7, 6, 5 MARC BAQUERIZO, JAMES BORAN & RICK LUCERO
Promoted on: Jan 1996 (source – Joe Moreira)
Promoted by: Joe Moreira
The first three Americans to be promoted to black belt by Joe Moreira were Marc Baquerizo, James Boran, and Rick Lucero. All of whom (we are told) are still involved with jiu-jitsu to this day.
JAMES BORAN is a well-respected member of the grappling community, with an athletic background as a football linebacker in the Ivy League for Columbia University, who signed with the New York Jets in 1979. Boran is also a black belt in taekwondo and trained with the Gracie family in Torrance before joining Moreira’s school. In 2006 Boran won double gold at the Pan American Championship in the senior division.
MARC BAQUERIZO Not much is known of Baquerizo, just that he has achieved the rank also in judo and hapkido.
RICK LUCERO is another jiu jitsu pioneer to come from a wrestling background. Not much is known from Lucero, though he is still active as a coach in California.
4 KEN GABRIELSON
Promoted in: 1995 (source Reylson Gracie)
Promoted by: Reylson Gracie
Gabrielson is often mentioned as the 2nd man to achieve the rank of black belt as early as 1992, and according to the historical pictures on Robert Leruyet’s website (here), Gabrielson seems to be wearing a black belt in 1993. Be that as it may, when researching for this piece we got a hold of his former instructor – Reylson Gracie, who guaranteed Ken’s promotion had occurred in 1995 (though he could not ascertain which month). Reylson did move to the US in 1991, so considering the time frame necessary to reach the black belt level, it would be hard to think of any time earlier than 95.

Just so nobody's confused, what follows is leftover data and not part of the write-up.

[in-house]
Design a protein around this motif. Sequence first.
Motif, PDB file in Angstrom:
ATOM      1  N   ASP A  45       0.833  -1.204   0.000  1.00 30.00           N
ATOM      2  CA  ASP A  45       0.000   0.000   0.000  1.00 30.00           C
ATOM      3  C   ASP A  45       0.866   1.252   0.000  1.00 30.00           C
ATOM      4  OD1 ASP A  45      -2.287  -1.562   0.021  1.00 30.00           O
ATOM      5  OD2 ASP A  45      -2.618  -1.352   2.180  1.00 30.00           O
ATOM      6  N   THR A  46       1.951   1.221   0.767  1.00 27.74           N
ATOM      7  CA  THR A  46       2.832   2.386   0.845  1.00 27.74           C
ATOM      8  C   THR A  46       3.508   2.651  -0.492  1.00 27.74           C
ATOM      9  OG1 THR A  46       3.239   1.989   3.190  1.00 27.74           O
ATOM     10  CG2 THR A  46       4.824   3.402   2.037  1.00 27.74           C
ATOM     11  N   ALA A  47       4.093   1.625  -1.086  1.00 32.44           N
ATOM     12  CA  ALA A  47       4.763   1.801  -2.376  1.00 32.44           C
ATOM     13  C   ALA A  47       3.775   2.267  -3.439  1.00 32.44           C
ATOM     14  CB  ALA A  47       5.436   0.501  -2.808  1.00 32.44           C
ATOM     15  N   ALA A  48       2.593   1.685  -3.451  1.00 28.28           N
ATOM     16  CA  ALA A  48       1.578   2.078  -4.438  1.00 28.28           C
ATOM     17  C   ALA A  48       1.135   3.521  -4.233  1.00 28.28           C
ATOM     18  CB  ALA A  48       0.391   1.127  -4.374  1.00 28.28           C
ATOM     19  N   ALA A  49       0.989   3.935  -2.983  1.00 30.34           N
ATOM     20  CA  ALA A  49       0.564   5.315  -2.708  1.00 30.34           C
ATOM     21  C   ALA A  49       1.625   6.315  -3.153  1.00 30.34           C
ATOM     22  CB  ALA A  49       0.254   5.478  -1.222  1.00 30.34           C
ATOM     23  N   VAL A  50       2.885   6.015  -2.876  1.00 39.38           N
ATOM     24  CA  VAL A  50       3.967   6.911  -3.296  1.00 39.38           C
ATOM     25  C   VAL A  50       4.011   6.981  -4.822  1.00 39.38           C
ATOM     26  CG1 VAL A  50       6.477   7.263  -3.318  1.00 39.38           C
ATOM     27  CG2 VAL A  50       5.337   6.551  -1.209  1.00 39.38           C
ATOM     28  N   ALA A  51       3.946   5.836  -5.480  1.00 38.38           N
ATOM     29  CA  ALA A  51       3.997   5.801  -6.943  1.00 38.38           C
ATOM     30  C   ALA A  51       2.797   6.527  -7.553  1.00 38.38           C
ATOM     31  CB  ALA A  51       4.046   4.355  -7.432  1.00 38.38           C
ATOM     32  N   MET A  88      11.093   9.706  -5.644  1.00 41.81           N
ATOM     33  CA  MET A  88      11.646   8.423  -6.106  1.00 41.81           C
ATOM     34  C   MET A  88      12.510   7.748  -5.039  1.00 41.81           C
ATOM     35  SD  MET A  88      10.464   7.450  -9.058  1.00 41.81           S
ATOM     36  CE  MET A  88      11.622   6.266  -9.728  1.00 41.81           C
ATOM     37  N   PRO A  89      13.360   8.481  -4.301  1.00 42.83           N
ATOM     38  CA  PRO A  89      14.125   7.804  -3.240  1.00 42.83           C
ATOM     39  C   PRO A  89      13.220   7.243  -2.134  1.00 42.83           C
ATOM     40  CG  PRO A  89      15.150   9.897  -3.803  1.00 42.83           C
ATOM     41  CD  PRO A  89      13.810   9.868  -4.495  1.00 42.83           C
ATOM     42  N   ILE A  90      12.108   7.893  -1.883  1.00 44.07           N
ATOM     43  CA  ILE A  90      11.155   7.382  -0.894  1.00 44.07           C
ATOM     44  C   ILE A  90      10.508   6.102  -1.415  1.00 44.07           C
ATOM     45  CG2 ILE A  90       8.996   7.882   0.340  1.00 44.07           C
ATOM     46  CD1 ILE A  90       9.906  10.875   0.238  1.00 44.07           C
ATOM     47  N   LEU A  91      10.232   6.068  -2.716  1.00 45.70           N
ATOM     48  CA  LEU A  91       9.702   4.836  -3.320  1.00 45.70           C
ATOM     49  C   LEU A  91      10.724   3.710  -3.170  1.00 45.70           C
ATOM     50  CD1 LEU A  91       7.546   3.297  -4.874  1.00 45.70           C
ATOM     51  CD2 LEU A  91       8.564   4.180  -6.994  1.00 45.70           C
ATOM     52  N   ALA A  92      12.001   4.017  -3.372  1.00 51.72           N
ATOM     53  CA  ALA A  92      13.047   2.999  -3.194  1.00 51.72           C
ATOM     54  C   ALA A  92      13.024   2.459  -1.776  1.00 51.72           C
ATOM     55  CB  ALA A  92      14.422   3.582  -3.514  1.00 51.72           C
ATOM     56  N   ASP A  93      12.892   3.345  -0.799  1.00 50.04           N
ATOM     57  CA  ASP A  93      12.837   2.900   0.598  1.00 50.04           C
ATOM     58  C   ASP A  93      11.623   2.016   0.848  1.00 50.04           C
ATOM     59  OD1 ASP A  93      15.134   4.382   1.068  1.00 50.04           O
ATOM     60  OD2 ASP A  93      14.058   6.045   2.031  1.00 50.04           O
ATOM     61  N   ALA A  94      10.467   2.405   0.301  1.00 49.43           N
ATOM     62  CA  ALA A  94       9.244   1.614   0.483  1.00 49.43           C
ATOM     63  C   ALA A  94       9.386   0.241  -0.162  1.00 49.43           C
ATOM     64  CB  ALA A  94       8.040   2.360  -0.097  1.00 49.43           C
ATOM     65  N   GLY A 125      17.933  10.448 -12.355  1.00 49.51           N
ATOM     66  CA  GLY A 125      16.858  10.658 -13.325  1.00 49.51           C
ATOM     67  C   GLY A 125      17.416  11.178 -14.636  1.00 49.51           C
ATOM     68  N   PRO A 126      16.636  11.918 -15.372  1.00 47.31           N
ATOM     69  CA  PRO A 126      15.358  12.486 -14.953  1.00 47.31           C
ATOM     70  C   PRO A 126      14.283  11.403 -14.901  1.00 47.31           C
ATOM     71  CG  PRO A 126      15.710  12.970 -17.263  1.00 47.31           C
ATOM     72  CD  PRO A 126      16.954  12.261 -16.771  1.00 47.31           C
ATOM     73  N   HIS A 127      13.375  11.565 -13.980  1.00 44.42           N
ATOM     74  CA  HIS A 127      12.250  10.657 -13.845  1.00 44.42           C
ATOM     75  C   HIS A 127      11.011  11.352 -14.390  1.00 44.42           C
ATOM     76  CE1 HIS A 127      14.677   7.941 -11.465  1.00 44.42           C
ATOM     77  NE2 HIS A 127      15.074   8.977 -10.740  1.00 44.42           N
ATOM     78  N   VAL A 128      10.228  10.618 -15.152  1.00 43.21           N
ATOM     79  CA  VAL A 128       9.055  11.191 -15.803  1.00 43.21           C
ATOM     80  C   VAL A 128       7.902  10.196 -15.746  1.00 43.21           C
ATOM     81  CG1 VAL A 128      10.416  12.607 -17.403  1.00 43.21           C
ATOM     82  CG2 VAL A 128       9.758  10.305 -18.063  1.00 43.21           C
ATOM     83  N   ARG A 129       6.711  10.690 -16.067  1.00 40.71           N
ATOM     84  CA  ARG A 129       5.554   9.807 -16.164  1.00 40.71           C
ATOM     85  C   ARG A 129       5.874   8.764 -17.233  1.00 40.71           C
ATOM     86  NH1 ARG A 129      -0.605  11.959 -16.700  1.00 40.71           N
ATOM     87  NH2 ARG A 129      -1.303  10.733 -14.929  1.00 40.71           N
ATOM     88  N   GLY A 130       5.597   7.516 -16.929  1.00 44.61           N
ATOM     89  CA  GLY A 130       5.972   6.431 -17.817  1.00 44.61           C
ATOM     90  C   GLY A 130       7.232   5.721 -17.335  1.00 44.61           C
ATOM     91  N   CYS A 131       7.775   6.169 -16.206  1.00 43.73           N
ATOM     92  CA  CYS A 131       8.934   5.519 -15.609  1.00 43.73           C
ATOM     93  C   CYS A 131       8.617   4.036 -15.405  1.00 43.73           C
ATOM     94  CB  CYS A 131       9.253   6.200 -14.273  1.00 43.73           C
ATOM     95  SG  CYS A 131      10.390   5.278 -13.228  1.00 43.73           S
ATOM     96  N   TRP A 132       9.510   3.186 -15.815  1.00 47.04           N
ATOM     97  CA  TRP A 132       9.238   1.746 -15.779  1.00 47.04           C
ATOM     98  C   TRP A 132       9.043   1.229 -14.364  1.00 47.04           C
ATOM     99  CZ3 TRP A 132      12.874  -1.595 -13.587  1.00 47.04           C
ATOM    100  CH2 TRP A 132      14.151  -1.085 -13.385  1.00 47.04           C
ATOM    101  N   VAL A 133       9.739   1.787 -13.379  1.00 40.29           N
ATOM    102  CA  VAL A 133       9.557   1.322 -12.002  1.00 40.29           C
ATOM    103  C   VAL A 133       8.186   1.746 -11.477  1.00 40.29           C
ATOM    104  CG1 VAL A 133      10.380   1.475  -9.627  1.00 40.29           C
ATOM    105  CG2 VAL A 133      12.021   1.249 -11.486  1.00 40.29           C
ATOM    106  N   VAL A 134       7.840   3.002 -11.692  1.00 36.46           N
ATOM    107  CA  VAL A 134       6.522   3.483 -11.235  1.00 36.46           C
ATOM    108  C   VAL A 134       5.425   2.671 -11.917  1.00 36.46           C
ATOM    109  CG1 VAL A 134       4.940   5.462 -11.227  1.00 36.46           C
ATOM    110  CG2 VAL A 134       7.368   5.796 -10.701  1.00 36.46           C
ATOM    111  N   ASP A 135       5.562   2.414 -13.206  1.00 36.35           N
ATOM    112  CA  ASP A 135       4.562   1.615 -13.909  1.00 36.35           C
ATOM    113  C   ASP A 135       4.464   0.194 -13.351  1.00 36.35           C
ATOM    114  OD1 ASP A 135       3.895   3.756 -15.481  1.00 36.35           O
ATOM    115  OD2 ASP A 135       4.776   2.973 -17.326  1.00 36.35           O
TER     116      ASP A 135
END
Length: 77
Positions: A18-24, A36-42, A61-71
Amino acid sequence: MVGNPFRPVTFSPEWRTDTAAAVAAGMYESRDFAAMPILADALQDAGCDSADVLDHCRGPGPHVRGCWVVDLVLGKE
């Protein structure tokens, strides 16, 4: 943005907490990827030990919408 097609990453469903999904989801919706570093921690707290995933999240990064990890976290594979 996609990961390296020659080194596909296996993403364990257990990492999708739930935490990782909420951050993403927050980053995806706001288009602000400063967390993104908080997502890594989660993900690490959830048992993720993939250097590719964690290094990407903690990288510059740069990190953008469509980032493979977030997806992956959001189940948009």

John Lewis arrived in jiu jitsu already as a black belt in judo under the legendary Gene LeBell. Rickson Gracie was his first coach, awarding Lewis his blue belt. Lewis left the Gracie and spent some time with the Machado brothers before settling at André Pederneiras’ Nova Uniao. Lewis is also one of the very rare cases of athletes who went from blue to black belt in one single promotion. He was also the founder of the world-famous J-Sect and helped promote jiu-jitsu for many years, both as a cage fighter and as a coach to legends such as Chuck Liddell, Randy Couture, Egan Inoue, Enson Inoue, Ricco Rodriguez, BJ Penn, Marc Laimon, Gazzy Parman Robert Drysdale and many others.
2. DAVID KAMA
Promoted in: 1995 (source – Tony Pacenski)
Promoted by: Rickson Gracie
Dave Kama started training jiu-jitsu in the 1980s, becoming the first American to receive a black belt under Rickson Gracie. Kama ran one of his Master’s affiliate academies for many years before opening his own endeavor: “Kama Jiu Jitsu”, which is still going strong in California (Laguna Niguel and Tustin) as well as Texas (Dallas).
EDITOR’s NOTE: Regarding #4, 3 and 2, we could not get accurate dates for when the promotion ceremony of each athlete occurred. As such we cannot guarantee the chronological display to be 100% accurate in between each other.
A historic figure for jiu-jitsu in America’s East Coast, Craig Kukuk was the first instructor to open an academy in New Jersey (Red Bank). Although his grappling ability is highly praised by many who had a chance to meet Kukuk, he has maintained a low profile in the community throughout his career.
It is unclear exactly when Craig Kukuk received his black belt from Royler Gracie (while training at Gracie Humaita in Rio de Janeiro), but it is believed the promotion occurred somewhere between 1991 and 1992, according to Steve Maxwell who attended the ceremony.
Other athletes often mentioned as being part of the Dirty Dozen are: Chris Saunders (December 1997), Roy Harris (1998), Rick Minter (late 1997)